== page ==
ERP Integration - A United Application Architecture
The Need for ERP Integration
Packaged ERP applications support a variety of business functions. An ERP systems primary purpose is to automate business processes in order to increase business efficiency and provide better visibility. One primary struggle companies have had is to integrate their ERP system with their other enterprise systems to meet growing business demands. ERP implementations commonly span a few years and what starts as a few functional modules, often grow into a primary ERP system with a number of stand-alone applications on the side. Enterprises need to find a new way to implement ERP systems that enable them to integrate isolated applications and provide a united application architecture.
Common ERP Integration Pitfalls
While ERP integration can ultimately make a business's architecture much stronger, companies often encounter several common pitfalls when not approached correctly.
Balance of Real-Time vs. Batch Integration – ERPs business process integration has traditionally been file-based or batch oriented, and worked well in the past since transactions where primarily inbound integrations. As ERPs expand to become a key data source of business information, there is a need to provide outbound data from the ERP to other systems in the enterprise. These systems include web portals and mobile devices that require real-time information, causing traditional ERP integrations to fall short.
Multiple ERPs to support – Organizations tend to initially install modules from the same ERP vendor at the start of the ERP implementation. But as this process continues, organizational requirements expand and companies find themselves often purchasing modules from different vendors. This requires the enterprise to change the existing integrations to other applications and support data transformation to and from a number of additional data formats. If the existing integrations are tightly coupled, this becomes a difficult process: costly to modify and increasingly brittle.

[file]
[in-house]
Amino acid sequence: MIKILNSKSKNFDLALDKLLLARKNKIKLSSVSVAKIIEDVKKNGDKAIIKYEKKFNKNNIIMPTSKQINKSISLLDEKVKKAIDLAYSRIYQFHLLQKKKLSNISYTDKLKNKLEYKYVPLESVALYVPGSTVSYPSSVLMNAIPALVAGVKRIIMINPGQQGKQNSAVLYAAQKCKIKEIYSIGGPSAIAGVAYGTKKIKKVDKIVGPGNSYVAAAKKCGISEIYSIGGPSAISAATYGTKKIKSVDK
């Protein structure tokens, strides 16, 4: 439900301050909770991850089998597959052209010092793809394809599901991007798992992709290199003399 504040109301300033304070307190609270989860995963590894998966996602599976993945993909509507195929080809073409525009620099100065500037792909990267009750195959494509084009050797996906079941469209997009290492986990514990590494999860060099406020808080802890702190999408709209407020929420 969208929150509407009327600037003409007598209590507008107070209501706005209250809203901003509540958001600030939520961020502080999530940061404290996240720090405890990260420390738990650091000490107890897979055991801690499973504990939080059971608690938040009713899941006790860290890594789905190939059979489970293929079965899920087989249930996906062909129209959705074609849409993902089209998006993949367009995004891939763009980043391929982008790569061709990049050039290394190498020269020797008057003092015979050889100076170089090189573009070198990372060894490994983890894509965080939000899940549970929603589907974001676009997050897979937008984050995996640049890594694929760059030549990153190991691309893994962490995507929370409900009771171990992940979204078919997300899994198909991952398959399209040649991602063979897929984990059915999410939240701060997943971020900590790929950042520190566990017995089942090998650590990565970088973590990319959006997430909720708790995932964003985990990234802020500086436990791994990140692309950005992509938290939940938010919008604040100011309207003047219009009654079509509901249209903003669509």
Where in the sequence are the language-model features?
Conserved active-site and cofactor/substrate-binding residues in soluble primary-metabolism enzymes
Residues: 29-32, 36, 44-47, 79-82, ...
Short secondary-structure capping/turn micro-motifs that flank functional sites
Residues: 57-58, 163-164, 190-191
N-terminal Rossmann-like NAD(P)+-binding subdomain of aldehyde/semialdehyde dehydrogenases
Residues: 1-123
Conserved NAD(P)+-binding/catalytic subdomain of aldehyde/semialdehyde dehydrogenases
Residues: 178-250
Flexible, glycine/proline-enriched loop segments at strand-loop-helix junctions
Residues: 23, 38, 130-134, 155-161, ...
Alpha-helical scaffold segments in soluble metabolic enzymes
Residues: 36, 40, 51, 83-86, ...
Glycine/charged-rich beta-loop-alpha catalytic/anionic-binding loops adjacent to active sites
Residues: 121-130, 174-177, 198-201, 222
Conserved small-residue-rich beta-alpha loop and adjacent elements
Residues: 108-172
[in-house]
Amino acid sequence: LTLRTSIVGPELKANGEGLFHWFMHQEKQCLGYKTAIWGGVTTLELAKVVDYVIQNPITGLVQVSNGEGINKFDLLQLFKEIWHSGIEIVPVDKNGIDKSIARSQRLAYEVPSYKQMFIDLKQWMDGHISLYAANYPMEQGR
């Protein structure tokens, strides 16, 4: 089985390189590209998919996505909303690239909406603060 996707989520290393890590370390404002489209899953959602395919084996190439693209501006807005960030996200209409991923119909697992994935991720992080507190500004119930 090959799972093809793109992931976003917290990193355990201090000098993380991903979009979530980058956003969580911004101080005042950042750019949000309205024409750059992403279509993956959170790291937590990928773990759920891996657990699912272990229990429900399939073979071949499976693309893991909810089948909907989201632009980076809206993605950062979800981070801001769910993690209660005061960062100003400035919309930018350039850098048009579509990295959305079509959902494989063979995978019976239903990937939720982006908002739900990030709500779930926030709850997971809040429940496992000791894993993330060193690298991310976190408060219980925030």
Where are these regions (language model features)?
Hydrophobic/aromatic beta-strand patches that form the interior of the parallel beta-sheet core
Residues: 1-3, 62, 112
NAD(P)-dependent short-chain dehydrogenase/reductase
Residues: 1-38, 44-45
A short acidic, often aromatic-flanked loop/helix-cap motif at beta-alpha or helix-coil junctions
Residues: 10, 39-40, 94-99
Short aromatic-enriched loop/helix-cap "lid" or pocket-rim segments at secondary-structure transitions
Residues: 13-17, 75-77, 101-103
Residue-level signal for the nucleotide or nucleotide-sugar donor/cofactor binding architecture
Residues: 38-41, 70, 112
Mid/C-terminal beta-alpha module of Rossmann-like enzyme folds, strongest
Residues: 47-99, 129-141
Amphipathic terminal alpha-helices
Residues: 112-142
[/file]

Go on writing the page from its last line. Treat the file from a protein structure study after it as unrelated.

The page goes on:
Integration Shift – Organizations today not only need to integrate their ERPs to internal systems in their data centers, but also integrate to external systems including cloud-based applications and mobile platforms that use newer, still evolving protocols. It is critical for organizations to choose an integration approach that is up to date with newer protocols and future proof as these technologies evolve.
Approaches to ERP Integration
There are several common approaches to ERP integration, and each provide their own unique strengths and weaknesses.
Point-to-Point - Businesses often choose point-to-point integration because it can have low initial hurdles, but often fail to realize the long-term complications. Point-to-point creates a tightly coupled architecture that can become brittle as the enterprise grows – each new application added to the enterprise will require a new integration into the ERP system and each existing application. Over time, this integration method becomes more complex and creates tightly coupled dependencies that can burden the organization.
Custom Applications or Adapters – Alternatively, businesses can choose to build their own custom integration adaptors or applications. These often start as simple data transfer tools, but as organizational requirements expand and they begin to use multiple ERP vendors, companies find that they need to build more and more adaptors. These adapters become a large maintenance cost, compounded by the consistent evolution of protocols and complexity in ERP upgrades.